Seniors Lifestyle Magazine Talks To Tips For Enjoying The Empty Nest

The so-called “nuclear” family just isn’t what it used to be and these days, with blended families and folks often starting their families a little later in life, our core audience of Amintro readers (at 50+) might still find themselves in any stage of the parenting journey. Or, perhaps you may even be an active grandparent helping to shepherd the grandkids to and from school, sports and activities. But for those amongst us who are “empty-nesters” – this one’s for you. If your nest is empty and you are feeling a bit verklempt about it all, today we’re talking TRUTHS about empty-nest syndrome and TIPS for avoiding that “empty” feeling you might currently be experiencing.

Don’t get us wrong. What’s not to love about the freedom to eat whenever (and whatever) you please for dinner or even to dine out! No more whining about “weird” green vegetables or watching your teenage daughter cycle in and out of the “I’m a vegetarian / vegan / pescatarian / flexatarian” phase. With just yourself or maybe a significant other to worry about – eating probably just got a whole lot easier and frankly, probably a whole lot cheaper too. I don’ know about your house but in mine, my teenage son could eat his own body weight in cereal alone and I had Costco delivery on speed dial! (They don’t really deliver but I sure wish they did.) With that said, you might have less expense and fewer food choices to make but I guarantee your house also just got a whole lot quieter too, maybe even a little too quiet? Without the noise of video games, sleepover craziness or instruments being practiced at full decibel over, and over, and over again – it could be your longed for peace and quiet have you longing for noise instead.

 

 

 

 

 

 

Left with only the company of our own thoughts, some empty-nesters find those first few months to be “challenging” while still others suffer from some form of depression. After all, you’ve just invested the better part of around twenty years nurturing, swaddling, protecting, feeding, washing, supporting, assisting with homework, attending school functions and sporting events, hand-holding through first days of school and heart-mending through first loves, nursing sore throats, sore tummies and sometimes things that are a whole lot worse. You’ve cooked and cleaned and done laundry, hosted birthday parties, driven to thousands of practices, appointments and school pick up and drop-offs and now? Now you’re rambling about “without a care in the world” but those you care about most in the world are rambling about all by themselves. You have no idea if they’re safe, warm, fed, clean, happy and …..safe. Making dinner reminds you that you forgot to teach your kids how to cook chicken so it’s not pink on the inside or how not to mix red t-shirts with whites so their laundry isn’t pink on the outside! Is it too late? Text them – they’re awake, trust me – it’s never too late.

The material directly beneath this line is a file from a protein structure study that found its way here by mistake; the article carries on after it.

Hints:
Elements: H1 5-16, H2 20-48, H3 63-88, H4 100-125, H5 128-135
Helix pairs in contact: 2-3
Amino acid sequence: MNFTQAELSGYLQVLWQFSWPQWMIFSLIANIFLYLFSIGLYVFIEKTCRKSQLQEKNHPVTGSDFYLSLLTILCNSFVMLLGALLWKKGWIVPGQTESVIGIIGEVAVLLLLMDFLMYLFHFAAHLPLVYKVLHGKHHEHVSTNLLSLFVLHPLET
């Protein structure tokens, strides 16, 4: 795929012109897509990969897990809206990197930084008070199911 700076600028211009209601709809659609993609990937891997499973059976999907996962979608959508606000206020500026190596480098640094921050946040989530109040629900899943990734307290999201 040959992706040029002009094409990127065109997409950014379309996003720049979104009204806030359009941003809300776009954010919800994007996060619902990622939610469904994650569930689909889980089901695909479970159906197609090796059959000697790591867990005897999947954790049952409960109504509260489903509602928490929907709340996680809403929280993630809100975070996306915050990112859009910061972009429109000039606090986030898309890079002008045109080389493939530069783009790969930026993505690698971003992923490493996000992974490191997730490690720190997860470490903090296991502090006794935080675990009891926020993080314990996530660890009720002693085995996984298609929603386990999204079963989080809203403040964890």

Feeling lonely at first is one of the hard TRUTHS about having an empty nest and so is the feeling of guilt associated with what you did (or didn’t) do as your kids were growing up. The other TRUTH, however, is that these feelings are natural and normal so it’s ok to embrace them for a little while and acknowledge that you’re feeling sad. Social psychologist Carin Rubenstein says there are “three distinct stages to empty-nest syndrome: grief, relief, then joy.” (1) Others talk also about depression, feeling rejection or overwhelming feelings of anxiety and fear for your child’s wellbeing and safety. I won’t lie personally I’m still at grief.  Thrilled that my kid was accepted to post-secondary studies, relief that they are mature and ready to leave the nest but feeling a whole lot of sad and empty. It’s a hollow feeling of “what now” mixed with a bit of an identity crisis about who I am – now that I’m not the soccer mom / PTA mom / the chief chauffeur or the head cook.